Hydrogen iodide is a nonflammable, colorless, corrosive gas with a pungent, suffocating odor. It fumes in moist air and is decomposed by light into hydrogen and iodide. In the presence of moisture, it will corrode most common metals. It is very soluble in water and slightly soluble in lower alcohols at room temperature.
Uses of the chemical
Hydrogen iodide is used as a reducing agent and an analytical reagent. It is also used in the manufacturing of pharmaceuticals, disinfectants and other chemicals. It is supplied as a compressed, liquefied gas.
Absorption, distribution, metabolism and excretion (ADME)
Information regarding the pharmacology of the chemical cannot be found. Iodines are readily absorbed from the gastrointestinal tract and concentrated primarily in respiratory tract sections. The iodide ion is excreted in part by the bronchial glands. Hydrogen iodide increases the output of thin respiratory tract fluid and helps liquefy thick, tenacious sputum.
Clinical effects of acute exposure
- Ocular exposures: Hydrogen iodide may cause severe chemical burns to the cornea and can be corrosive and irritating to the eyes. Burns to the eyes result in lesions and possibly loss of vision or ulcerations.
- Dermal exposures: The chemical is corrosive and irritating to the skin and all living tissue. Toxic-level exposure to dermal tissue causes acid-like burns and skin lesions, resulting in early necrosis and scarring. Burns exhibit severe pain, redness and swelling. Hydrogen iodide's great affinity for water causes its contact with dermal tissue to be especially damaging.
- Inhalation exposures: Hydrogen iodide is corrosive and irritating to the upper and lower respiratory tracts and all mucosal tissue. Symptoms include lacrimation, cough, labored breathing and excessive saliva and sputum formation. Excessive irritation of the lungs causes acute pneumonitis. Pulmonary edema may result from exposure to the lower respiratory tract and deep lung.
- Ingestion exposures: Ingestion is not expected. Ingestion will burn the mouth, esophagus and stomach.
In-field treatment prior to arrival at a healthcare facility
- Ocular exposures: People at risk for potential exposure should not wear contact lenses. Irrigate exposed eyes for 15 minutes with tepid water or saline.
- Dermal exposures: Remove contaminated clothing as rapidly as possible. Flush affected areas with copious quantities of water.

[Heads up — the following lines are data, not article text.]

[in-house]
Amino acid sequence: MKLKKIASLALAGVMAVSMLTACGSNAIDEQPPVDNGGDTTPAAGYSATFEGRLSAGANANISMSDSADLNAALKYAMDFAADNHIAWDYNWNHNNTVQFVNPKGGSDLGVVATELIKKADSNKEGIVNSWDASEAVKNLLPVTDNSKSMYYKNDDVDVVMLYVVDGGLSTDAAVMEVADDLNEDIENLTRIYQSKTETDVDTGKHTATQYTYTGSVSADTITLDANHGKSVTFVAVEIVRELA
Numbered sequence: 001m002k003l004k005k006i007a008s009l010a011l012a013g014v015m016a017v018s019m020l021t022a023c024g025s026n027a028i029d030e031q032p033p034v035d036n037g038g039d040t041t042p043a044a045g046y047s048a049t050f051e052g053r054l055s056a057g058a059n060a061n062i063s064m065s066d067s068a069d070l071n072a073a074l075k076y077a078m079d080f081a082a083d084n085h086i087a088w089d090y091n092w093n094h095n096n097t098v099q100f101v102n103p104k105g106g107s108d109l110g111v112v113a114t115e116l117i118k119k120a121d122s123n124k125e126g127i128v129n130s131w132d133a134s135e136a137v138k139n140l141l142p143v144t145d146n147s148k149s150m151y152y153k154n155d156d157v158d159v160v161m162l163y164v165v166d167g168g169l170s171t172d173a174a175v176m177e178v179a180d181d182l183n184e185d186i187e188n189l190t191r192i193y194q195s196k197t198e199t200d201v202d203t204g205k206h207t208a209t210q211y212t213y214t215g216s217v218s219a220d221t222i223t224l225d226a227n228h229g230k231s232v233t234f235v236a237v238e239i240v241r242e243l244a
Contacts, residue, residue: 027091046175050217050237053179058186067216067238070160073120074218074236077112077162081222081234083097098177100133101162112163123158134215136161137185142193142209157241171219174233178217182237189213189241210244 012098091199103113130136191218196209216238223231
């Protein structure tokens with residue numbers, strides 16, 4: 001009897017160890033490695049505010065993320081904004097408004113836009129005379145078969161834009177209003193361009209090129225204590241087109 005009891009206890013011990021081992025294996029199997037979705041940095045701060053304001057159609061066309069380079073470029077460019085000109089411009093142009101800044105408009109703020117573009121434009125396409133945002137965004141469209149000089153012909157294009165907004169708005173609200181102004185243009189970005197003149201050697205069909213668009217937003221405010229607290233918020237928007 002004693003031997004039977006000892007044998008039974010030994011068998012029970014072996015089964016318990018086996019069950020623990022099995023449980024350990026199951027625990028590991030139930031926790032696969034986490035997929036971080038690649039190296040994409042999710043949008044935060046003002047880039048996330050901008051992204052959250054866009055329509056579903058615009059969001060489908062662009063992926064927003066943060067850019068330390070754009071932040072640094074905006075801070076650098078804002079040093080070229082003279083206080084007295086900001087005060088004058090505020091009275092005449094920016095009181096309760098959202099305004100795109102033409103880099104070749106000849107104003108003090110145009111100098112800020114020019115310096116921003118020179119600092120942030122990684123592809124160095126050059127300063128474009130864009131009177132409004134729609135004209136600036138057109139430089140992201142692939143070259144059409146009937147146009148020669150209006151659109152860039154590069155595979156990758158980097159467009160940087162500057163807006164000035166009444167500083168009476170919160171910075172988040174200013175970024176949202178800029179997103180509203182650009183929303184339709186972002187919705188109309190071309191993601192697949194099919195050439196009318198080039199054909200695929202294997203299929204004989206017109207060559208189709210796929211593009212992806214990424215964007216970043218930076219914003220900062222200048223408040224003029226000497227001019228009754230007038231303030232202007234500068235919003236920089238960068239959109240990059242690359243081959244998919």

- Inhalation exposures: Prompt medical attention is mandatory in all cases of overexposure. All rescue personnel should wear a self-contained breathing apparatus (SCBA). Conscious patients should be helped to an uncontaminated area to inhale fresh air or supplemental oxygen if needed. Unconscious patients should be moved to an uncontaminated area and given artificial resuscitation and supplemental oxygen. Keep patients warm and quiet. Ensure that mucus or vomited material does not obstruct the airway by positional drainage.
- Ingestion exposures: Ingestion is not expected. If accidental ingestion occurs, rinse mouth with water. Do not induce vomiting. If no respiratory compromise is present, give 4-8 ounces of milk or water to the patient. Never give anything by mouth to a patient who is unconscious or who could rapidly become unconscious.
Special note to first responders:
- Wear a positive-pressure SCBA.
- Wear chemical-protective clothing that is specifically recommended by the manufacturer. It may provide little or no thermal protection.
24-hour Poison Control Center hotline:
Treatment of exposures in a healthcare facility
- Ocular exposures: Irrigate the eyes with sterile 0.9% saline for at least 1 hour or until the cul-de-sacs are free of particulate matter and have returned to neutrality. The extent of eye injury may not be apparent for up to 72 hours.
- Dermal exposures: Remove contaminated clothing and jewelry and wash exposed areas with copious amounts of water. Treat dermal burns with standard topical therapy.
- Inhalation exposures: Administer 100% humidified oxygen. Obtain a chest X-ray and monitor pulse oximetry and/or blood gases. Treat bronchospasm with inhaled beta agonists. If acute lung injury develops, consider PEEP. Delayed pulmonary edema may occur. Keep the patient under medical observation for at least 24 hours.
- Ingestion exposures: If no respiratory compromise is present, give the patient 4-8 ounces of milk or water. Obtain consultation concerning endoscopy as soon as possible, and perform endoscopy within 24 hours. If burns are found, follow up 10-20 days later with a barium swallow. Corticosteroids are controversial. Consider use in patients who have second-degree burns within 48 hours of ingestion and who do not have gastrointestinal bleeding or evidence of perforation. Antibiotics are indicated for suspected perforation or infection and in patients receiving corticosteroids.
For more poison prevention and first aid information, call the Poison Control Center toll-free, 1-800-222-1222.